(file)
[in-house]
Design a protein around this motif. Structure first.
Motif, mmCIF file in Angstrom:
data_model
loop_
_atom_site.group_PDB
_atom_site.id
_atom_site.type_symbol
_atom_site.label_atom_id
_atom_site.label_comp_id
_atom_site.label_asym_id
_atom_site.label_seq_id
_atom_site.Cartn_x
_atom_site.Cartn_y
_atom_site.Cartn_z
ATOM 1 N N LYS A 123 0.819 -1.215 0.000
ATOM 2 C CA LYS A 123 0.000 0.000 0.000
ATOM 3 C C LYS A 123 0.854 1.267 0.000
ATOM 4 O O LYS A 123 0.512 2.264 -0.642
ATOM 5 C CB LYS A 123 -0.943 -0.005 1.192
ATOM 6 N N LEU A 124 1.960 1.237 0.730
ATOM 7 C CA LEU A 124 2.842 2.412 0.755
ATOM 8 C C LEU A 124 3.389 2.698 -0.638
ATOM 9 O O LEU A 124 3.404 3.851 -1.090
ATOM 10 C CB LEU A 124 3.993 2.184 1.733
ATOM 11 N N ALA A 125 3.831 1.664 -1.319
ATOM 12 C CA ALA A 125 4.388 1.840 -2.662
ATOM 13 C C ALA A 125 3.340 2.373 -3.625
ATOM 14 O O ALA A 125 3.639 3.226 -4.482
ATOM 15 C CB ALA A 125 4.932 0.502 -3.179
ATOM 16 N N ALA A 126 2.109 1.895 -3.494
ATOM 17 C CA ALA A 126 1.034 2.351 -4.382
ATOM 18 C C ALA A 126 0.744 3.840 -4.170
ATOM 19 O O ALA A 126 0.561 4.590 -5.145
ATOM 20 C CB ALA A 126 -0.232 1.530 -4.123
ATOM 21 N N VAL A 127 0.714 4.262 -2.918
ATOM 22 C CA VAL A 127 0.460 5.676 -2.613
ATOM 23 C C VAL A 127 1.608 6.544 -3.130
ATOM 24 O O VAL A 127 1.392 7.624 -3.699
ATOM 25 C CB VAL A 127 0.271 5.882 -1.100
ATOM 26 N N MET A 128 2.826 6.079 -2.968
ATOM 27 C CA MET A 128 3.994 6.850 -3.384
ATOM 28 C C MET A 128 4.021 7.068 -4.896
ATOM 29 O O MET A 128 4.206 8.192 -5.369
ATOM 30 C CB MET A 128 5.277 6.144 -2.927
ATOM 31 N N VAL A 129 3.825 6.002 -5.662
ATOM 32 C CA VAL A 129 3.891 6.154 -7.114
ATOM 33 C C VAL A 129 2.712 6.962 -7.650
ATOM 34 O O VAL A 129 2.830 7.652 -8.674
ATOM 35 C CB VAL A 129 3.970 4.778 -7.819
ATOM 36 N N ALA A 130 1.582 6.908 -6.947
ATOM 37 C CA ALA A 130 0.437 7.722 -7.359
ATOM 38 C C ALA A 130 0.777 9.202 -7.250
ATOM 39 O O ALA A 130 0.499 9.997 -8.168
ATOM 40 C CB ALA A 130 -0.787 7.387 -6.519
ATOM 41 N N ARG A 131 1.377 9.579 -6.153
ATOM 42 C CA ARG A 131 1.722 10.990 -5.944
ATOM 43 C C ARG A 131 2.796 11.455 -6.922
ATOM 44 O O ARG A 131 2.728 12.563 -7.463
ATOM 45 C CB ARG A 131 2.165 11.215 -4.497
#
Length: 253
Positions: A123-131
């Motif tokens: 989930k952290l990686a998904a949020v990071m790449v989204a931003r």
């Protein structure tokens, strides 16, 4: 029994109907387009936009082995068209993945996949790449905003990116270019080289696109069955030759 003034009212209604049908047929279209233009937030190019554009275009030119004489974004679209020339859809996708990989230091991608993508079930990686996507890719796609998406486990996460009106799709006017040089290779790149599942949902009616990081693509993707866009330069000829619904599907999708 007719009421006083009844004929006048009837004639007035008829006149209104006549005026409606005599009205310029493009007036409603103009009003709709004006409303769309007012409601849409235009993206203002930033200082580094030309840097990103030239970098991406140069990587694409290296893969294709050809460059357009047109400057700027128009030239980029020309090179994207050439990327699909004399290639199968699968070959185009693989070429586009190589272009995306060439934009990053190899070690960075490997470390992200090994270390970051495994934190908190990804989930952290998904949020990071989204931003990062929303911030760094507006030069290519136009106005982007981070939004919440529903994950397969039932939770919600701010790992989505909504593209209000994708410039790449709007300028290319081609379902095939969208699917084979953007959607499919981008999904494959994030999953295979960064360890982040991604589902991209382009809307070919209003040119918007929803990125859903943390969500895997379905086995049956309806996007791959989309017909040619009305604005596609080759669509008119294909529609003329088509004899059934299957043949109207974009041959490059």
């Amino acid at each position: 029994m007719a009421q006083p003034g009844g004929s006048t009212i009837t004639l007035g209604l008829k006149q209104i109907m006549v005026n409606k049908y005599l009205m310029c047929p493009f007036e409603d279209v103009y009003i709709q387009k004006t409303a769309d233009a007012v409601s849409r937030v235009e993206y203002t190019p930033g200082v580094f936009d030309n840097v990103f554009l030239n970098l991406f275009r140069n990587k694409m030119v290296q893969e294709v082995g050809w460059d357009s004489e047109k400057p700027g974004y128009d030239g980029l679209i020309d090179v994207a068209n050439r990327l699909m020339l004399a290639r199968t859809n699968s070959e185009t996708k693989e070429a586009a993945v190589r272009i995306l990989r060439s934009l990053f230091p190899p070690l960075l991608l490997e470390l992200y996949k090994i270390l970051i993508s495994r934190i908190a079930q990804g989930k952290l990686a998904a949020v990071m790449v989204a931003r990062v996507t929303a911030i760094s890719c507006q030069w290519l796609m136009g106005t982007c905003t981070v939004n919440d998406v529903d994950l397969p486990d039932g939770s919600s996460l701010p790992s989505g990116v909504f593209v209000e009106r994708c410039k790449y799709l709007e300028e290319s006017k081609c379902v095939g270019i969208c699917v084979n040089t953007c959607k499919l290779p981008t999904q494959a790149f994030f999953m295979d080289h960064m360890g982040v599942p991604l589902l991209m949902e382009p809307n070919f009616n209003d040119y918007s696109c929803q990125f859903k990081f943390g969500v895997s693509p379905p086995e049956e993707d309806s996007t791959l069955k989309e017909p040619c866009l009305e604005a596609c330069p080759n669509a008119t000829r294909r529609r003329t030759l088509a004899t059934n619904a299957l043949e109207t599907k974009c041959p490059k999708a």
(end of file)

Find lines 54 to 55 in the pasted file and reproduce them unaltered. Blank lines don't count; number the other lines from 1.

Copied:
ATOM 39 O O ALA A 130 0.499 9.997 -8.168
ATOM 40 C CB ALA A 130 -0.787 7.387 -6.519